For ultrashort-wave reception, the left and right side channels (defined earlier) can be indicated by means of the additional light-emitting elements 34, 35, 36. If the middle element 35 lights up together with one of the elements of indicator 33, this means that a main channel (defined earlier) has been tuned in. If the left element 34 lights up together with one of the elements of indicator 33, this means that a left side channel has been tuned in. If the right element 36 lights up together with one of the elements of indicator 33, this means that a right side channel has been tuned in.
Instead of three auxiliary light-emitting elements 34, 35, 36, it would suffice to use only two. In that event, the tuning-in of a main channel would be indicated by the fact that only one of the elements of indicator 33 is lit up, whereas when a side channel is tuned in one of the two auxiliary elements would be lit up in addition.
Accordingly, the arrangement illustrated in FIG. 4 makes it possible to digitally tune in and indicate in quasi-analog manner all FM channels and also three AM ranges.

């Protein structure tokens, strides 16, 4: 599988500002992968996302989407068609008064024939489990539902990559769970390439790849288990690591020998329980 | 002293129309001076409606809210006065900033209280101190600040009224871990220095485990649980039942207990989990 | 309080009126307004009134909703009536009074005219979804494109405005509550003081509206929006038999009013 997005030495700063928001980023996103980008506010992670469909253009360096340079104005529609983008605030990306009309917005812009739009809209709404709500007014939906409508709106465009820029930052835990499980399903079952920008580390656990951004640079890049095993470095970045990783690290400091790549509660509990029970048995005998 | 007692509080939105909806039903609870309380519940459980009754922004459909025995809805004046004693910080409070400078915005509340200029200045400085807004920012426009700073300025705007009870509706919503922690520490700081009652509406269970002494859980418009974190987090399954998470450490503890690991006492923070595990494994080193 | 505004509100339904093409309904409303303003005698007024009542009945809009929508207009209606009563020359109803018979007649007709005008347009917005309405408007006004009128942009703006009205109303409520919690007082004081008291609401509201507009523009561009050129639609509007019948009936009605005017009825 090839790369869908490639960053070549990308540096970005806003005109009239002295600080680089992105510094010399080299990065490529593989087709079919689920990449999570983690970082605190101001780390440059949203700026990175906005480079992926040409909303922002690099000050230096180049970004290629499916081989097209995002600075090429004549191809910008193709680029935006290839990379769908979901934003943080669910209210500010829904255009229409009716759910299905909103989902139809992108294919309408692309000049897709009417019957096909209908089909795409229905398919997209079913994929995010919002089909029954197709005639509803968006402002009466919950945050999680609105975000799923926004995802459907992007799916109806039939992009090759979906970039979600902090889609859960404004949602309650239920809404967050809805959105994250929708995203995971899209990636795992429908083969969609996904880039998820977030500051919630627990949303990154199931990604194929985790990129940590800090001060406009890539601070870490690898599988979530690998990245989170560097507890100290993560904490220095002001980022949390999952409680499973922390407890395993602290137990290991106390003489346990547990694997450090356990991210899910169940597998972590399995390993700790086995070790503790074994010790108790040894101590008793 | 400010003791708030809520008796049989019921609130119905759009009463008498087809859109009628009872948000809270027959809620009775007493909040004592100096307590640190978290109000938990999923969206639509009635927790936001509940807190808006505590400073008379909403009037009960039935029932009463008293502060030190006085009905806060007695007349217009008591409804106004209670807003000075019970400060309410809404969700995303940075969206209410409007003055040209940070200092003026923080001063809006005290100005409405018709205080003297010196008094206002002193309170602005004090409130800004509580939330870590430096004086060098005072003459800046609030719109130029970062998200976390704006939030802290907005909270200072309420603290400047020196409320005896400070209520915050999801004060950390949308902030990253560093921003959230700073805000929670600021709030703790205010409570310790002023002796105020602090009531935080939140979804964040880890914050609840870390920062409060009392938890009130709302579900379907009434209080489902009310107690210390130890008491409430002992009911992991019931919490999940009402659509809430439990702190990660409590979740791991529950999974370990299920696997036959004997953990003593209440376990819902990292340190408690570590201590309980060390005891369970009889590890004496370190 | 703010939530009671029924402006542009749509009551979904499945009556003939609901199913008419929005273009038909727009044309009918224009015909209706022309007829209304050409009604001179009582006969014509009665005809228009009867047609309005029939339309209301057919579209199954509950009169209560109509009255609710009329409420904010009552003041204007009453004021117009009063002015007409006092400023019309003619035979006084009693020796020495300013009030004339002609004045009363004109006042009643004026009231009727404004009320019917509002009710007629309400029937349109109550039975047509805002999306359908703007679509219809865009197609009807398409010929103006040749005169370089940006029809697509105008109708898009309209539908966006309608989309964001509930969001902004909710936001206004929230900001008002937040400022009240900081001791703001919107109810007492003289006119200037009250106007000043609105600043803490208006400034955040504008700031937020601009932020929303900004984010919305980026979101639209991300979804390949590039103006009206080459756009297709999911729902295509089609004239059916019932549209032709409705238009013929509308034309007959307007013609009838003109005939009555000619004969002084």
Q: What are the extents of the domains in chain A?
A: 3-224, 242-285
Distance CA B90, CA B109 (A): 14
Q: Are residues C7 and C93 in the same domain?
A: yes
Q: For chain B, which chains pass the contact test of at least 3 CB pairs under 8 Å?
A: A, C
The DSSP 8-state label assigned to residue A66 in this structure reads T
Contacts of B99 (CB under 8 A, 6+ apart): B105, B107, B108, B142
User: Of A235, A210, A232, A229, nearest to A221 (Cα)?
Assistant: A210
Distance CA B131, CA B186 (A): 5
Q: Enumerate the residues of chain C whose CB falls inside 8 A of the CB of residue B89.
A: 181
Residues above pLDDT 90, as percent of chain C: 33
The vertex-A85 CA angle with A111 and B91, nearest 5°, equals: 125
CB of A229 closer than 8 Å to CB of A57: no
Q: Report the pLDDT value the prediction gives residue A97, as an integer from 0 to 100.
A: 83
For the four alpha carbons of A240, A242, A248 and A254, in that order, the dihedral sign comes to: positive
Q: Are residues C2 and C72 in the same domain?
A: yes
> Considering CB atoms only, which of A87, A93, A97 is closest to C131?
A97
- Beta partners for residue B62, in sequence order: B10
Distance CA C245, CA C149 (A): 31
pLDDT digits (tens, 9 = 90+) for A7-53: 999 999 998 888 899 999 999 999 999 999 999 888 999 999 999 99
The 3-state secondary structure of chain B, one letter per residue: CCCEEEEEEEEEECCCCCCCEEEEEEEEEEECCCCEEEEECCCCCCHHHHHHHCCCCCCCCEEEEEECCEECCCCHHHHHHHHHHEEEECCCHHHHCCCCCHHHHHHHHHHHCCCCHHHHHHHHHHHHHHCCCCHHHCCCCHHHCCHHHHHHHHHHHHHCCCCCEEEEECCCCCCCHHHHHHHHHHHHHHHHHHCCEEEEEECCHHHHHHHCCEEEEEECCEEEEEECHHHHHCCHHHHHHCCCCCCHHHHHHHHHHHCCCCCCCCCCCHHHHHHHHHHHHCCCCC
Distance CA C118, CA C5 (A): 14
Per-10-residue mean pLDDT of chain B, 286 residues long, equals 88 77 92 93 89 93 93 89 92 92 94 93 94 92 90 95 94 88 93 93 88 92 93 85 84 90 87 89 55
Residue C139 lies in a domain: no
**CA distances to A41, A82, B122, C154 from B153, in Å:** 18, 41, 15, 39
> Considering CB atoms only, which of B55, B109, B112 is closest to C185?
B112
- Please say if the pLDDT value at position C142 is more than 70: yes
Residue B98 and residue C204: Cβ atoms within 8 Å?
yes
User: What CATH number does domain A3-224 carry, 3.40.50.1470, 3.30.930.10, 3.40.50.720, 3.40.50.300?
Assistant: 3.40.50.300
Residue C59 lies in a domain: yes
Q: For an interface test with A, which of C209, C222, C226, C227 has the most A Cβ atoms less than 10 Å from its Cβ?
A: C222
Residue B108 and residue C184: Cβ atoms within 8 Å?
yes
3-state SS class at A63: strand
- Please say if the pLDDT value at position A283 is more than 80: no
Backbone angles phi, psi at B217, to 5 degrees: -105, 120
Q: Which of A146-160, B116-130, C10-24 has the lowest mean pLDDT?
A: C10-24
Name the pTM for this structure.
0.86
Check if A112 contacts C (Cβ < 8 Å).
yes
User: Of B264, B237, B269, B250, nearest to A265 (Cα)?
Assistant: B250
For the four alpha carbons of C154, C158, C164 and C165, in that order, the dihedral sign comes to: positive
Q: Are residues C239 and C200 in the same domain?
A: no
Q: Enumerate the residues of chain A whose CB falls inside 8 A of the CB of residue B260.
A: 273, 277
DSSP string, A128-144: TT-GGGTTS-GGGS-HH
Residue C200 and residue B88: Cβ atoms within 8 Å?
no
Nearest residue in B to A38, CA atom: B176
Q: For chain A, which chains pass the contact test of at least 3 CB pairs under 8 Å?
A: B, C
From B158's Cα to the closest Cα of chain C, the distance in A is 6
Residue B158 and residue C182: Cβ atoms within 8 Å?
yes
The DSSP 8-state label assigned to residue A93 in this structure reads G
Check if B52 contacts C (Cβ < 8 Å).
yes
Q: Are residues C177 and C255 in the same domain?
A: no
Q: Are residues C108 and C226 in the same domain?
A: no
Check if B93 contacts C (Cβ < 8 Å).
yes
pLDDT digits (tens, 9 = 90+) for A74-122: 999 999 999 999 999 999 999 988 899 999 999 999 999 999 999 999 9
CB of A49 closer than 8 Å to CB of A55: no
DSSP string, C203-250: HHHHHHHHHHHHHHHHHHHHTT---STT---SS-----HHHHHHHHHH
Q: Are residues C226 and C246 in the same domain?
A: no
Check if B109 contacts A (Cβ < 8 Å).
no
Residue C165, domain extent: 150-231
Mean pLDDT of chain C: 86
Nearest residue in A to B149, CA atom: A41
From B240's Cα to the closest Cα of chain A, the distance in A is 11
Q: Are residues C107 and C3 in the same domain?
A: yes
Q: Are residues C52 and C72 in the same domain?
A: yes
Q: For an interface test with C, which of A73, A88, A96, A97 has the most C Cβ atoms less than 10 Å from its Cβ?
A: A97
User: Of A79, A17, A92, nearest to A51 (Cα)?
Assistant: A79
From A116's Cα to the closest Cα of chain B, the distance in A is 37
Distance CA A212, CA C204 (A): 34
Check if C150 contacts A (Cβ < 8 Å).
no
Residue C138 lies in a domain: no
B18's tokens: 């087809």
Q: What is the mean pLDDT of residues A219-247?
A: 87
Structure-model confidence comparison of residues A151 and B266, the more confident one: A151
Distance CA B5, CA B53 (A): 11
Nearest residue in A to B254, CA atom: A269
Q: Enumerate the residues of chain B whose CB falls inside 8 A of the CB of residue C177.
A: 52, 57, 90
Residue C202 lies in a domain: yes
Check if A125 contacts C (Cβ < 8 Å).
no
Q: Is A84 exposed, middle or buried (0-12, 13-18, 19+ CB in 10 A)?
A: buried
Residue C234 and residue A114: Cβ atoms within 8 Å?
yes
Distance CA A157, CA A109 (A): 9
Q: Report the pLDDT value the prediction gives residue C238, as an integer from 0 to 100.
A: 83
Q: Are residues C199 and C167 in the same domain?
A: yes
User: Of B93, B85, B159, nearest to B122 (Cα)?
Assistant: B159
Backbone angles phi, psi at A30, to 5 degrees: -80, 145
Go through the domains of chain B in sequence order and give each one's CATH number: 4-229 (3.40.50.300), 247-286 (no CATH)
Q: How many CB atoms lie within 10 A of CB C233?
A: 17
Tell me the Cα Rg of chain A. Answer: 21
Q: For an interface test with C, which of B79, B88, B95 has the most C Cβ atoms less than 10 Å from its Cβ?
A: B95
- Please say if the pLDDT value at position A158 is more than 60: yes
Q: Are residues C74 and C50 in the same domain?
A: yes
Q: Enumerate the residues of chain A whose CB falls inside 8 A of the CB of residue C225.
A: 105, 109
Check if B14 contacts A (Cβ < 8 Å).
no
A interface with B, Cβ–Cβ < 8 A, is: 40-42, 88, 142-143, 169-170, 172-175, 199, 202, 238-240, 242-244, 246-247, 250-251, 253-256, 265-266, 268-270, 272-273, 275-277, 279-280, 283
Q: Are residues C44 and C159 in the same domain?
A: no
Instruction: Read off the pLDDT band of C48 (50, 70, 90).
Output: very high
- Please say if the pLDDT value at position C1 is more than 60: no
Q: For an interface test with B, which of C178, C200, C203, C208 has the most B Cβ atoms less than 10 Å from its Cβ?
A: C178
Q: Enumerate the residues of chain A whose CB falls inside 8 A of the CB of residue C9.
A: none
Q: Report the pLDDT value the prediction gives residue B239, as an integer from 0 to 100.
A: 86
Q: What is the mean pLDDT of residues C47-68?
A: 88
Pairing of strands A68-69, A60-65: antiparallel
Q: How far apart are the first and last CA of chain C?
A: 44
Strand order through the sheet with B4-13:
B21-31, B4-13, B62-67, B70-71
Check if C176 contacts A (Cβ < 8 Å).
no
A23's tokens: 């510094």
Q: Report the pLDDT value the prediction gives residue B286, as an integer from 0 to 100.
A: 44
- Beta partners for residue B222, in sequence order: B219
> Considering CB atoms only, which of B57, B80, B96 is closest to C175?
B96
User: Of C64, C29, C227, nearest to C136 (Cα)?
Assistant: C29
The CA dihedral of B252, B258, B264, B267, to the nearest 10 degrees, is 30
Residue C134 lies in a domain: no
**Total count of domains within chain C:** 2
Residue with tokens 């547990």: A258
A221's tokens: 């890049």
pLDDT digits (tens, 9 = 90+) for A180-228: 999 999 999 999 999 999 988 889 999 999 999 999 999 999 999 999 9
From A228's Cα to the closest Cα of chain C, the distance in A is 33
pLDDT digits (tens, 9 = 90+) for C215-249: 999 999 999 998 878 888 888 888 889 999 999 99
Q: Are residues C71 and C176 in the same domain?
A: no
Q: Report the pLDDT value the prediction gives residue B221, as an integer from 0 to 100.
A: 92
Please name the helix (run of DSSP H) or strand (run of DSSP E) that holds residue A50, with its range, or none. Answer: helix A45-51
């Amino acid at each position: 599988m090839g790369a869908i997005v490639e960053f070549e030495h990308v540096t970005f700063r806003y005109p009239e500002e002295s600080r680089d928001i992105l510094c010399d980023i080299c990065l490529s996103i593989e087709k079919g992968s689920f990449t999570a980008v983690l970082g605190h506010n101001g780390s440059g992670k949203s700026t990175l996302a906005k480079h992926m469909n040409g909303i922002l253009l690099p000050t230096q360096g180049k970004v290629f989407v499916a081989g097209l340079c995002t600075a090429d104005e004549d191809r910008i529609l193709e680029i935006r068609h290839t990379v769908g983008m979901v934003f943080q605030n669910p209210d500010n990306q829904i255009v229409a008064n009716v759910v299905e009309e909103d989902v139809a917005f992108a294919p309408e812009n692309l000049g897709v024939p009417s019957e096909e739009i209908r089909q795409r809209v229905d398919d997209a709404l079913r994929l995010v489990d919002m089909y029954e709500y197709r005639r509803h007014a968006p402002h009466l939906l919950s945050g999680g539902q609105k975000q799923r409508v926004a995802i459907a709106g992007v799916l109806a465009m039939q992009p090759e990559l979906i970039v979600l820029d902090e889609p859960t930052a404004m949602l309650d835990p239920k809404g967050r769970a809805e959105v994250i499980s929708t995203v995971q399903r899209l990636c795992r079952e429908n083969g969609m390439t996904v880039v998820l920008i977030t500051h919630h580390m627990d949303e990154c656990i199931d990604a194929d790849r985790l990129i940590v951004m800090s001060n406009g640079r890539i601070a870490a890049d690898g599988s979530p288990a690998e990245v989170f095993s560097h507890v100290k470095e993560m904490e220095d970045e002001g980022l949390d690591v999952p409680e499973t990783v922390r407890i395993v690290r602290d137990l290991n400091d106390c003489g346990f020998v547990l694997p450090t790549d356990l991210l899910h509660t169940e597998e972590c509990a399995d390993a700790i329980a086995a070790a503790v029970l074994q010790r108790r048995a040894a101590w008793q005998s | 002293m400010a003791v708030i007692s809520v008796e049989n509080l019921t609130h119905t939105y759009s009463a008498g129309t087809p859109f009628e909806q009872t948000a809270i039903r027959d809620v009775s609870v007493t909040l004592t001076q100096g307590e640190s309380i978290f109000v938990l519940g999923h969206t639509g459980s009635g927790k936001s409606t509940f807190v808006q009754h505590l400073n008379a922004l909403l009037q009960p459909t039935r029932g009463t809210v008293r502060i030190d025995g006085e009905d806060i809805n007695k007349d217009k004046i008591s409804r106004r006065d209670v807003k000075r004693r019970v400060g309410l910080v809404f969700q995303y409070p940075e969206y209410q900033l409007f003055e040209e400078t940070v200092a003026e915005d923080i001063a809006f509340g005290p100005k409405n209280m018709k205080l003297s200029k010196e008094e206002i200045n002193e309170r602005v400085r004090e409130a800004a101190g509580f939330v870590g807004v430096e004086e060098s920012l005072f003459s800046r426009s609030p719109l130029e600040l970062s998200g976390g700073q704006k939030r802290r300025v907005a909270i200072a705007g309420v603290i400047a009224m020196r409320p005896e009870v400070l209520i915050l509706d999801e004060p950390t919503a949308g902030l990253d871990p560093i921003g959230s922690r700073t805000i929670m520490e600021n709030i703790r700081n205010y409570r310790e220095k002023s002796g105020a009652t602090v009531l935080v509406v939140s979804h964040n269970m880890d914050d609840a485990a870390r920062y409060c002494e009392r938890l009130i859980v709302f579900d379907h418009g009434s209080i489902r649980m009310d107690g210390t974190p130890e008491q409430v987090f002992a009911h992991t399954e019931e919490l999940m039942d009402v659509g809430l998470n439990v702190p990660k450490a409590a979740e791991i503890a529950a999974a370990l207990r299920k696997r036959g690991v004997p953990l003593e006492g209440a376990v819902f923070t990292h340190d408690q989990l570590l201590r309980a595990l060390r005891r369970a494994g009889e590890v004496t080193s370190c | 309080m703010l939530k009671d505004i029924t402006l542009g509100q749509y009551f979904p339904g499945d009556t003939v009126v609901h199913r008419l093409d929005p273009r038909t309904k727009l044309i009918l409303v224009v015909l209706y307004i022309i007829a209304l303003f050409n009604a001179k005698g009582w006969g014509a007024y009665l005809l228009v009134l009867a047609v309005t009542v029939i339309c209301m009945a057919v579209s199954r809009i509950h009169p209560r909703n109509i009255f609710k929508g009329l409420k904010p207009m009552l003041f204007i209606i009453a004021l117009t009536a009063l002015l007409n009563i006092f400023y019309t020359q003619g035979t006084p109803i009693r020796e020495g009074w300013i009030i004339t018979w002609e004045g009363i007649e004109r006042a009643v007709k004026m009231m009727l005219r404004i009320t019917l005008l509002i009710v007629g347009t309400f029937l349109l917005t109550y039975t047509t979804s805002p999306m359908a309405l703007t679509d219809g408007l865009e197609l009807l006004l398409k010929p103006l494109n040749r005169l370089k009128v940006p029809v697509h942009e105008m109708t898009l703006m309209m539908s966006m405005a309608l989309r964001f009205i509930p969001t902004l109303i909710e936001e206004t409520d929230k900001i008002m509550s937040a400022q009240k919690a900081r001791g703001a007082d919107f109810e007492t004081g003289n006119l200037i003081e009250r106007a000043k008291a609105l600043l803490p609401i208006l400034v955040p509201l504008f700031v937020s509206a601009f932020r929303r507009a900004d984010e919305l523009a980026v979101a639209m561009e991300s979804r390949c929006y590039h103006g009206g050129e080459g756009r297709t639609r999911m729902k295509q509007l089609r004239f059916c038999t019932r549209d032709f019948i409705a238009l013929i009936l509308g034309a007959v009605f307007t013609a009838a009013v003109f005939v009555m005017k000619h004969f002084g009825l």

FIG. 5 depicts a circuit of the type shown in FIG. 4, in greater detail, Those circuit components conventional in an AM/FM radio receiver are shown enclosed in broken lines.
Numeral 37 denotes an antenna connected to the input of an HF preamplifier stage 39. Connected to the output of the latter is an FM mixer stage 38, which in turn leads to an FM intermediate-frequency amplifier 40. The output signal of the latter is applied to an FM demodulator 41, whose output signal is applied to a LF amplifier 42. The latter drives speakers 43, 44.
The FM mixer stage 39 is connected to an FM oscillator 45. FM oscillator 45 is driven through the intermediary of an active low-pass filter 46 and furnishes control signals to a buffer/frequency-divider stage 47.